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We may not know the specific purpose of the suffering in our own lives and the lives of others, but here’s what we do know.
We’re called to love our LGBT neighbors—not a mere toleration of the person, but genuine, heartfelt love. But what does genuine love look like?
The finely-tuned constants and conditions of the universe had to be just right to get a universe that would permit life. Here's a taste of some of this evidence.
Many evolutionary naturalists attempt to ground morality in naturalistic evolution. This is fraught with serious difficulties that form an insurmountable case against evolution as the foundation of morality.
Christmas is about Jesus. But what is it about Jesus? How exactly is Jesus the reason for Christmas? The answer to this question lies in the reasons why Jesus came to this world.
Many people think Emperor Constantine invented the deity of Christ in the fourth century, but a look at quotes from the early church fathers shows this is not the case.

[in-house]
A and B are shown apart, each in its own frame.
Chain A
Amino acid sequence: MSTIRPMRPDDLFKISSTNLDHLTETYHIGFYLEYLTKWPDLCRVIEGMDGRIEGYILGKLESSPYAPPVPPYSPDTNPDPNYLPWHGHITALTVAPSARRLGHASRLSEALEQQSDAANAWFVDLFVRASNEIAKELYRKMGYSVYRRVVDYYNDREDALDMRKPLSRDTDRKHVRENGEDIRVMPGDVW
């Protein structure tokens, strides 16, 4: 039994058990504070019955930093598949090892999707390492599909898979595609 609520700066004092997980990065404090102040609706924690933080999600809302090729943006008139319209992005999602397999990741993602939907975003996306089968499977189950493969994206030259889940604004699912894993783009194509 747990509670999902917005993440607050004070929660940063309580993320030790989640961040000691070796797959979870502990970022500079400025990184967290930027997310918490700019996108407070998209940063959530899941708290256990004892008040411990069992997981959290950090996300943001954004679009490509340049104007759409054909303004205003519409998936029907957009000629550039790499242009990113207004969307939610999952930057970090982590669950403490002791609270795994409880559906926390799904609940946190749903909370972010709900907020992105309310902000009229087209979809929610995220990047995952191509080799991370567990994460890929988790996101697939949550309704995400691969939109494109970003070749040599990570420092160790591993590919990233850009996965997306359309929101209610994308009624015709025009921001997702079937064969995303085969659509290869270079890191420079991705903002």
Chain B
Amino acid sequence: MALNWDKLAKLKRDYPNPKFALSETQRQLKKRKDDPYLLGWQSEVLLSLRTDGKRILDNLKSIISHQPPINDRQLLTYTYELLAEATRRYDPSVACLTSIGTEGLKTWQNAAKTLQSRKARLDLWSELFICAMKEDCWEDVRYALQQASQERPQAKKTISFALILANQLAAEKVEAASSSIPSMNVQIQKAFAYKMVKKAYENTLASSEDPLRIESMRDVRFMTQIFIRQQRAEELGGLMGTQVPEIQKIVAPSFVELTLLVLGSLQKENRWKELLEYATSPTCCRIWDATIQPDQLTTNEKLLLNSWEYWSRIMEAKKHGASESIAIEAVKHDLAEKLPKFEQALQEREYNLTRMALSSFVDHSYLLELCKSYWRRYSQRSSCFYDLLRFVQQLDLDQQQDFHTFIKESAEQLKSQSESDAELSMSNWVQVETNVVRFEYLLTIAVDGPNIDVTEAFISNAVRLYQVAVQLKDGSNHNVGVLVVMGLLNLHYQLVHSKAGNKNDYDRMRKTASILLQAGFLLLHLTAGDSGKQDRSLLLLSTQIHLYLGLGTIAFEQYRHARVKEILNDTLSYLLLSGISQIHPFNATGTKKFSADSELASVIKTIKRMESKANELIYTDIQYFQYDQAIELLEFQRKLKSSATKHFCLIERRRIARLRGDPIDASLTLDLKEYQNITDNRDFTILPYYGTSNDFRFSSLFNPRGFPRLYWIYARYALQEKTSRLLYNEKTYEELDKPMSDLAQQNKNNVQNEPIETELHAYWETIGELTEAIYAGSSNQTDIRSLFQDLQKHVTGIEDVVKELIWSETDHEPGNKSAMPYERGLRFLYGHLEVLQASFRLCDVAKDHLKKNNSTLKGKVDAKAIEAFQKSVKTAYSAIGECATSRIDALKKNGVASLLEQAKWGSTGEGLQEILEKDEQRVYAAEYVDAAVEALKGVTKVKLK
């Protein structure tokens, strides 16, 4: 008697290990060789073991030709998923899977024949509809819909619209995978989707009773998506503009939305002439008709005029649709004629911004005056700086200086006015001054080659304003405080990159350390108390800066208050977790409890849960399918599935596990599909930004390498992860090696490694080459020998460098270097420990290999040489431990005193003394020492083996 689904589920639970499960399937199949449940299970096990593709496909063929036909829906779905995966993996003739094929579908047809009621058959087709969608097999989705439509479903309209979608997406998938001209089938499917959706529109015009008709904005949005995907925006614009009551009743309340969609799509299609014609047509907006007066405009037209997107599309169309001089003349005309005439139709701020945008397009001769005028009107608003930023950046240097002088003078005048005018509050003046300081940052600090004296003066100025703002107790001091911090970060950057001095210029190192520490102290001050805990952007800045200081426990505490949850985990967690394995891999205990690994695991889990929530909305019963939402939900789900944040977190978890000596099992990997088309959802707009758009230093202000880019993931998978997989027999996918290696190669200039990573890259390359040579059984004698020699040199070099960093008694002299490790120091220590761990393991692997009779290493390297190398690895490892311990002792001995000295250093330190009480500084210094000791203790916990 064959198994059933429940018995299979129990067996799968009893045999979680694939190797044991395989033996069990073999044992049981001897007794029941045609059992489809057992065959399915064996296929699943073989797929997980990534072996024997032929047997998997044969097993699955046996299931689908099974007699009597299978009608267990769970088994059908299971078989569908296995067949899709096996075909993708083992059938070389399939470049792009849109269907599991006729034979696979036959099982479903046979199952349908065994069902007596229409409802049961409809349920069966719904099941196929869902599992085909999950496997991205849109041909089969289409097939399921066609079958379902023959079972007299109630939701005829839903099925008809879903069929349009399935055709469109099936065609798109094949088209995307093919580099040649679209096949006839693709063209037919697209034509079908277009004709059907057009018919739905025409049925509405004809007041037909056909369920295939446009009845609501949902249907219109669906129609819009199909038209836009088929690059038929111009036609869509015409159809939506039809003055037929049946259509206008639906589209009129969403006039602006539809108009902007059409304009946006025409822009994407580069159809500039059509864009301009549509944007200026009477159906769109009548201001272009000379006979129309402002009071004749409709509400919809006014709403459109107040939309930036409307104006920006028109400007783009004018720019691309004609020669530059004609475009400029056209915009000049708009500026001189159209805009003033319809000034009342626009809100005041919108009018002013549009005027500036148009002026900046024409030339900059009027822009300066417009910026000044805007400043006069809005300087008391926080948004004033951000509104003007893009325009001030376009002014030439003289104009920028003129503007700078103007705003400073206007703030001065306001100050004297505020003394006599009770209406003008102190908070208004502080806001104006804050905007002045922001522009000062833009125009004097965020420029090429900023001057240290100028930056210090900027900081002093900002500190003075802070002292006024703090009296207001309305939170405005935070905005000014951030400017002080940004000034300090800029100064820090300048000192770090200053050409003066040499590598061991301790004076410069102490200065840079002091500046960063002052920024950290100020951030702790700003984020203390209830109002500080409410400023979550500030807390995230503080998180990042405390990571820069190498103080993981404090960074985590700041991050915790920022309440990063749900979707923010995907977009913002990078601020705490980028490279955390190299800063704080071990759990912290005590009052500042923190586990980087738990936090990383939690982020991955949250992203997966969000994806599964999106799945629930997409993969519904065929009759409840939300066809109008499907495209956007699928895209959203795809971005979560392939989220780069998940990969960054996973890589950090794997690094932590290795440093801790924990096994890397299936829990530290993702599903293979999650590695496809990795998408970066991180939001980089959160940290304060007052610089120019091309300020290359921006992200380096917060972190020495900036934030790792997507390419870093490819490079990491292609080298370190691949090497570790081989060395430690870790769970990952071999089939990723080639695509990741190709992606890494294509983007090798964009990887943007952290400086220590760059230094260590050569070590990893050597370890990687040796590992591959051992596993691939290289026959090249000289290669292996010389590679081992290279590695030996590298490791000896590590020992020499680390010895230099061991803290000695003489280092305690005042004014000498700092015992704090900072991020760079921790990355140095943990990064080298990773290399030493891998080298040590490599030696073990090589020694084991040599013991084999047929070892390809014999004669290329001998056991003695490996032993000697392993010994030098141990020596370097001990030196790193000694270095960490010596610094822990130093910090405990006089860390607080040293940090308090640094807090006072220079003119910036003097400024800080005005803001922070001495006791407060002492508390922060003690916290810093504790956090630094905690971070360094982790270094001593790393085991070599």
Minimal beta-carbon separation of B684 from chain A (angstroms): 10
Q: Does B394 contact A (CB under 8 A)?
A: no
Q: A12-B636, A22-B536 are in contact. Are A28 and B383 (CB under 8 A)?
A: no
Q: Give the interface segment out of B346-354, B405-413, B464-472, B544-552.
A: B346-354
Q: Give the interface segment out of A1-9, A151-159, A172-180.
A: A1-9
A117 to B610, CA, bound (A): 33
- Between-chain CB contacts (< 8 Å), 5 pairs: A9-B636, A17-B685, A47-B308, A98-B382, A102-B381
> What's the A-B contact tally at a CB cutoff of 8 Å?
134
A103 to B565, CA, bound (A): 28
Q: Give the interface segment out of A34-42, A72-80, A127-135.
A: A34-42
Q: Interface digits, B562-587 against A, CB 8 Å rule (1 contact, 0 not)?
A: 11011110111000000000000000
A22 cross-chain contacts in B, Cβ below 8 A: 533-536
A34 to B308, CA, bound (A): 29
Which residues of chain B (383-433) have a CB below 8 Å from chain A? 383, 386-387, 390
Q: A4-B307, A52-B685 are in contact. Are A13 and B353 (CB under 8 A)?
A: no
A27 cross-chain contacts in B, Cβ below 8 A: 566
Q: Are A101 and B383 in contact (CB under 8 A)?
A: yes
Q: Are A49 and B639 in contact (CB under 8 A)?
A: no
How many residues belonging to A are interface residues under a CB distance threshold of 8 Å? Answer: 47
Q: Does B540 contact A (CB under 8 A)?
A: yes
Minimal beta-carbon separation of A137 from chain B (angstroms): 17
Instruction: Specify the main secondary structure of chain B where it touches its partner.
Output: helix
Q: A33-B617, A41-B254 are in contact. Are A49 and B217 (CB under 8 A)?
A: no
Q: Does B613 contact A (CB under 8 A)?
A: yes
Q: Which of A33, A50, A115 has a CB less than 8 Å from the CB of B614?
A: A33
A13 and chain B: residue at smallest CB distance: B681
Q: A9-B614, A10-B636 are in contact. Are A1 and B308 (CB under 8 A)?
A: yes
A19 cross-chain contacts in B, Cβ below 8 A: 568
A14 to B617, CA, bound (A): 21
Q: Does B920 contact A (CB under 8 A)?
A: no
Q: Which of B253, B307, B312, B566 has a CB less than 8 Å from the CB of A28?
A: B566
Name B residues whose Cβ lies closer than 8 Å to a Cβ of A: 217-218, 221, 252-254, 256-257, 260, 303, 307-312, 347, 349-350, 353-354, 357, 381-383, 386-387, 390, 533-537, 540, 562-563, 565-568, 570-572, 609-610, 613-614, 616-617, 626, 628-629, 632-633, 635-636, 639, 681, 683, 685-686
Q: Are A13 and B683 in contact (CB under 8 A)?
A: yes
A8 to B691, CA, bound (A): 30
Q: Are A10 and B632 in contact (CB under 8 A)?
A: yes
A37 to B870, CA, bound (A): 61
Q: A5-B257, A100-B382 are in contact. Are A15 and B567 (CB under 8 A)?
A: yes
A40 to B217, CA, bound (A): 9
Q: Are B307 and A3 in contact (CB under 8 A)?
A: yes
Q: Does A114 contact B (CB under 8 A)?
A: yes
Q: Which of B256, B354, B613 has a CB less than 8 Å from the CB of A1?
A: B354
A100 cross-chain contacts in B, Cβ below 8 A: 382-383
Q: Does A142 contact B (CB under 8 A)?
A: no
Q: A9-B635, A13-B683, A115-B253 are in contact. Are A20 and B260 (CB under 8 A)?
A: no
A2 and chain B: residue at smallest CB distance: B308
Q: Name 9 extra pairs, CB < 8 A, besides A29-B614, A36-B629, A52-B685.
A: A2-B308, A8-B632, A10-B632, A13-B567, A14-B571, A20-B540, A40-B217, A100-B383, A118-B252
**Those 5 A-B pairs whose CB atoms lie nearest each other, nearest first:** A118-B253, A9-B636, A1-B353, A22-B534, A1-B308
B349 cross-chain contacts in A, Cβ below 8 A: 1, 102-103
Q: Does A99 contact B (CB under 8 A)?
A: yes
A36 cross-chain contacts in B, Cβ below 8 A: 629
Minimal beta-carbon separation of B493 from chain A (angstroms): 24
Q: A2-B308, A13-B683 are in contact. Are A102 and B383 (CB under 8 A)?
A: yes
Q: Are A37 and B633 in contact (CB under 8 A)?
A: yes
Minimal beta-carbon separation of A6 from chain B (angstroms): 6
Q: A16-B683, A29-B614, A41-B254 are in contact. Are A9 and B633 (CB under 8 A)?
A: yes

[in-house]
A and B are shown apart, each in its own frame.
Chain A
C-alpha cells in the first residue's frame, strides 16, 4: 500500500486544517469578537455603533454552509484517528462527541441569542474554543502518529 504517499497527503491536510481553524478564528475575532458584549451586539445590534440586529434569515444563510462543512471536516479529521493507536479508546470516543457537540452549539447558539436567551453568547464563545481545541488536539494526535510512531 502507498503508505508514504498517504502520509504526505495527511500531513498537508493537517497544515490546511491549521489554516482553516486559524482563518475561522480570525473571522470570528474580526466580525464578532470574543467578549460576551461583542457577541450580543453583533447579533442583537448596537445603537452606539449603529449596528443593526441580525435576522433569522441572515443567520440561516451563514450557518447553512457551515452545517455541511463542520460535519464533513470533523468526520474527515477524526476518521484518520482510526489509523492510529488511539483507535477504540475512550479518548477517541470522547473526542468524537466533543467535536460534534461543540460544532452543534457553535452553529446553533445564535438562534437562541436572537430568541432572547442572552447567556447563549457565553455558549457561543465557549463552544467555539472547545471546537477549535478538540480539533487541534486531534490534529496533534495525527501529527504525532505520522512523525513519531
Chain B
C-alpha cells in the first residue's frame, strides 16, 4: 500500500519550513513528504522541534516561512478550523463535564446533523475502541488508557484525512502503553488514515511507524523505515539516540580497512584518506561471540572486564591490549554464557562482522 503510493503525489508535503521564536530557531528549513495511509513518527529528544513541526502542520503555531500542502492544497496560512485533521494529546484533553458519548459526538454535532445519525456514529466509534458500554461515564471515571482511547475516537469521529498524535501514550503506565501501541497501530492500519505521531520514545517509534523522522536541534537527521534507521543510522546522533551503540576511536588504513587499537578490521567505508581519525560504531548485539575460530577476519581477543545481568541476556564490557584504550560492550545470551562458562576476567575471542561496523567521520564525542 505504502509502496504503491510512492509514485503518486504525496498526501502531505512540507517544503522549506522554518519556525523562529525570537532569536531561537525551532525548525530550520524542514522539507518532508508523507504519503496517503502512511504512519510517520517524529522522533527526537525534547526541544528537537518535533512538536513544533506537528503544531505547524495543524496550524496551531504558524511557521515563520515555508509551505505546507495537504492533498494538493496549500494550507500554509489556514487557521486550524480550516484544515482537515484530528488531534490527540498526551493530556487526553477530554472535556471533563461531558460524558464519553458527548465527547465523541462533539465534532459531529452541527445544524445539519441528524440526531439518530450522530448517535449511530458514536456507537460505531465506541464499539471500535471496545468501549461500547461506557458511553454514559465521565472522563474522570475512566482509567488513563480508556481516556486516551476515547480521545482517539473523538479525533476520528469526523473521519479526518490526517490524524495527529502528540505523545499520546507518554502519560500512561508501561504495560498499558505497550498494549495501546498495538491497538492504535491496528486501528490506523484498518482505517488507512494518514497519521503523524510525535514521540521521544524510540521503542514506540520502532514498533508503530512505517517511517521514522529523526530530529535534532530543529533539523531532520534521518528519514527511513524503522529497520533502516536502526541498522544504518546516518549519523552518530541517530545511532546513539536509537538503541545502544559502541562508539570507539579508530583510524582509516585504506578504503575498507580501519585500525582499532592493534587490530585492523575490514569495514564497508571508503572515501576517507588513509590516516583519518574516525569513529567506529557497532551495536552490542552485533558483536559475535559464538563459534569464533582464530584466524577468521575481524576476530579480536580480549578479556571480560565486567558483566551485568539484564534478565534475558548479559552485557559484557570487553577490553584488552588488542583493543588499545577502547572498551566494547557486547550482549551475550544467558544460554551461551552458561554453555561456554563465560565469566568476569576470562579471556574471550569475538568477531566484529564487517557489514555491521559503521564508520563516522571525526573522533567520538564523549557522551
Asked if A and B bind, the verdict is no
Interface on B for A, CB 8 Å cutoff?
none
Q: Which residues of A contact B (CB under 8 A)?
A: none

When we look at the facts, we see that the response to Galileo in his time doesn't prove Christianity is anti-science. What we actually do learn from his story is important to keep in mind today.
On a recent episode of the Stand to Reason weekly podcast, a supporter of STR took issue with one of the ways Greg Koukl and I argue against theistic evolution. Specifically, the caller did not agree with our argument that some forms of theistic evolution are a contradiction in terms. What I’d like to do is model for you how I would respond. Don’t Be Offended by the Challenge
When I meet someone who claims that evolution is a fact, I have two questions for him. First, I need to find out what he means by evolution. To do this, I employ a variation of the first Columbo question: What do you mean by evolution? The term evolution can be used to mean a number of different things. Therefore, it’s important to find out precisely what they mean.
Last month I was asked to speak at a church on the question “Should Christians Embrace Evolution?” The way you answer this question depends entirely on what you mean by evolution. Broadly speaking, evolution can be divided into two categories: microevolution and macroevolution. Microevolution, or small-scale biological change, is obviously true and is virtually accepted by everyone. Macroevolution, on the other hand, is much more controversial.